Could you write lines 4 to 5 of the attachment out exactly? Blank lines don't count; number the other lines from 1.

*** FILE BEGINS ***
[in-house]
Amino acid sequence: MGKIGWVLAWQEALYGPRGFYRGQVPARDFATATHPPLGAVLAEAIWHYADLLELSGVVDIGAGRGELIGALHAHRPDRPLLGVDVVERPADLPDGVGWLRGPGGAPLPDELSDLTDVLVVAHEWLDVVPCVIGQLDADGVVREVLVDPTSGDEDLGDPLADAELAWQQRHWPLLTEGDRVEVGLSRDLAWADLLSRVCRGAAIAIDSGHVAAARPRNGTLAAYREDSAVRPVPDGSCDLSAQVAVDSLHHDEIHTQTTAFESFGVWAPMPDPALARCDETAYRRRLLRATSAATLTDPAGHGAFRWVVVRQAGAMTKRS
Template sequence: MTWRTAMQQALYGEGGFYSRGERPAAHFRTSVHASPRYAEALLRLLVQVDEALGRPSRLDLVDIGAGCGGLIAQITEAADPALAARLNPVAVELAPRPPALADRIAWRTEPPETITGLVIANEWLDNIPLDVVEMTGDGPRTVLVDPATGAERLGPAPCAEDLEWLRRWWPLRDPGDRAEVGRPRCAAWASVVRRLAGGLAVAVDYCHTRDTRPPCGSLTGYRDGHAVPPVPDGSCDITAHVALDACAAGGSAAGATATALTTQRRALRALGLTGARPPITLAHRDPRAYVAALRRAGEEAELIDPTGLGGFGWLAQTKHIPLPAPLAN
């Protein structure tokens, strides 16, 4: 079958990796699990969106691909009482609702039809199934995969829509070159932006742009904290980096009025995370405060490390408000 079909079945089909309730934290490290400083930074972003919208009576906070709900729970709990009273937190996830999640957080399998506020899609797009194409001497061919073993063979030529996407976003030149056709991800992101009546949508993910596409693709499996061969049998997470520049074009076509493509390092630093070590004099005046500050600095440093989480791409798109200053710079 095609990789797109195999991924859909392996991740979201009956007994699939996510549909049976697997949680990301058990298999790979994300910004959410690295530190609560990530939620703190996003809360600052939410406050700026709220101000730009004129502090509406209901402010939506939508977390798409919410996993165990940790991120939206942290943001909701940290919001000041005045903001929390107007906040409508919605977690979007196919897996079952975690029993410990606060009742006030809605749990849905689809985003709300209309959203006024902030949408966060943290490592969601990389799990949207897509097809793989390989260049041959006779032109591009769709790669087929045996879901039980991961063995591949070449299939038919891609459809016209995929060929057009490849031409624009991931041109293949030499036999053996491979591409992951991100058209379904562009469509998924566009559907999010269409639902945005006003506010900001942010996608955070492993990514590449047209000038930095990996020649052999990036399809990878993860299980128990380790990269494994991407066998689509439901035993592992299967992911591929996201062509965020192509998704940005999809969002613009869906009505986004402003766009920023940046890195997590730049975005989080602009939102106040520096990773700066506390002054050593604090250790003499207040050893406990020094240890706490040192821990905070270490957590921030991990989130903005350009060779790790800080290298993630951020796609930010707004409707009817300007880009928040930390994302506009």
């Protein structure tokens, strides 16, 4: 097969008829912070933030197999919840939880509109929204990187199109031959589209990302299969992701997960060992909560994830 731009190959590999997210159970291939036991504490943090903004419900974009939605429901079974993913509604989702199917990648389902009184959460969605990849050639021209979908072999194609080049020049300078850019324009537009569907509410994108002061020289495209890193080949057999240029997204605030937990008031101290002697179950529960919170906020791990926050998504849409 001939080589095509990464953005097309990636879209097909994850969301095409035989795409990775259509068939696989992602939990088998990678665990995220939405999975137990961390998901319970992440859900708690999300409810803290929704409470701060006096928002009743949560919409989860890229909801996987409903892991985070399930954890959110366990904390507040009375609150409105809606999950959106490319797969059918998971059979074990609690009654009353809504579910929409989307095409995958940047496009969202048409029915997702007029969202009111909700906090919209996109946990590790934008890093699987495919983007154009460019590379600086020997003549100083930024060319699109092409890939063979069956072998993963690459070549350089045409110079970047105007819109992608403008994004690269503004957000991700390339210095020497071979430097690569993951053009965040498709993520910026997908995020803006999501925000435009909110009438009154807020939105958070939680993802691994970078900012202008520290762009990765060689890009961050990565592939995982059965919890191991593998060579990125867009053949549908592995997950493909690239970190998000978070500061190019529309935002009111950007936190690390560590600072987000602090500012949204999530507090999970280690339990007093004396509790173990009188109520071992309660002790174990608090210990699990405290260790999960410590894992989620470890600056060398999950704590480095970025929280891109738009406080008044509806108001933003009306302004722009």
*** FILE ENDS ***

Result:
């Protein structure tokens, strides 16, 4: 079958990796699990969106691909009482609702039809199934995969829509070159932006742009904290980096009025995370405060490390408000 079909079945089909309730934290490290400083930074972003919208009576906070709900729970709990009273937190996830999640957080399998506020899609797009194409001497061919073993063979030529996407976003030149056709991800992101009546949508993910596409693709499996061969049998997470520049074009076509493509390092630093070590004099005046500050600095440093989480791409798109200053710079 095609990789797109195999991924859909392996991740979201009956007994699939996510549909049976697997949680990301058990298999790979994300910004959410690295530190609560990530939620703190996003809360600052939410406050700026709220101000730009004129502090509406209901402010939506939508977390798409919410996993165990940790991120939206942290943001909701940290919001000041005045903001929390107007906040409508919605977690979007196919897996079952975690029993410990606060009742006030809605749990849905689809985003709300209309959203006024902030949408966060943290490592969601990389799990949207897509097809793989390989260049041959006779032109591009769709790669087929045996879901039980991961063995591949070449299939038919891609459809016209995929060929057009490849031409624009991931041109293949030499036999053996491979591409992951991100058209379904562009469509998924566009559907999010269409639902945005006003506010900001942010996608955070492993990514590449047209000038930095990996020649052999990036399809990878993860299980128990380790990269494994991407066998689509439901035993592992299967992911591929996201062509965020192509998704940005999809969002613009869906009505986004402003766009920023940046890195997590730049975005989080602009939102106040520096990773700066506390002054050593604090250790003499207040050893406990020094240890706490040192821990905070270490957590921030991990989130903005350009060779790790800080290298993630951020796609930010707004409707009817300007880009928040930390994302506009």
């Protein structure tokens, strides 16, 4: 097969008829912070933030197999919840939880509109929204990187199109031959589209990302299969992701997960060992909560994830 731009190959590999997210159970291939036991504490943090903004419900974009939605429901079974993913509604989702199917990648389902009184959460969605990849050639021209979908072999194609080049020049300078850019324009537009569907509410994108002061020289495209890193080949057999240029997204605030937990008031101290002697179950529960919170906020791990926050998504849409 001939080589095509990464953005097309990636879209097909994850969301095409035989795409990775259509068939696989992602939990088998990678665990995220939405999975137990961390998901319970992440859900708690999300409810803290929704409470701060006096928002009743949560919409989860890229909801996987409903892991985070399930954890959110366990904390507040009375609150409105809606999950959106490319797969059918998971059979074990609690009654009353809504579910929409989307095409995958940047496009969202048409029915997702007029969202009111909700906090919209996109946990590790934008890093699987495919983007154009460019590379600086020997003549100083930024060319699109092409890939063979069956072998993963690459070549350089045409110079970047105007819109992608403008994004690269503004957000991700390339210095020497071979430097690569993951053009965040498709993520910026997908995020803006999501925000435009909110009438009154807020939105958070939680993802691994970078900012202008520290762009990765060689890009961050990565592939995982059965919890191991593998060579990125867009053949549908592995997950493909690239970190998000978070500061190019529309935002009111950007936190690390560590600072987000602090500012949204999530507090999970280690339990007093004396509790173990009188109520071992309660002790174990608090210990699990405290260790999960410590894992989620470890600056060398999950704590480095970025929280891109738009406080008044509806108001933003009306302004722009």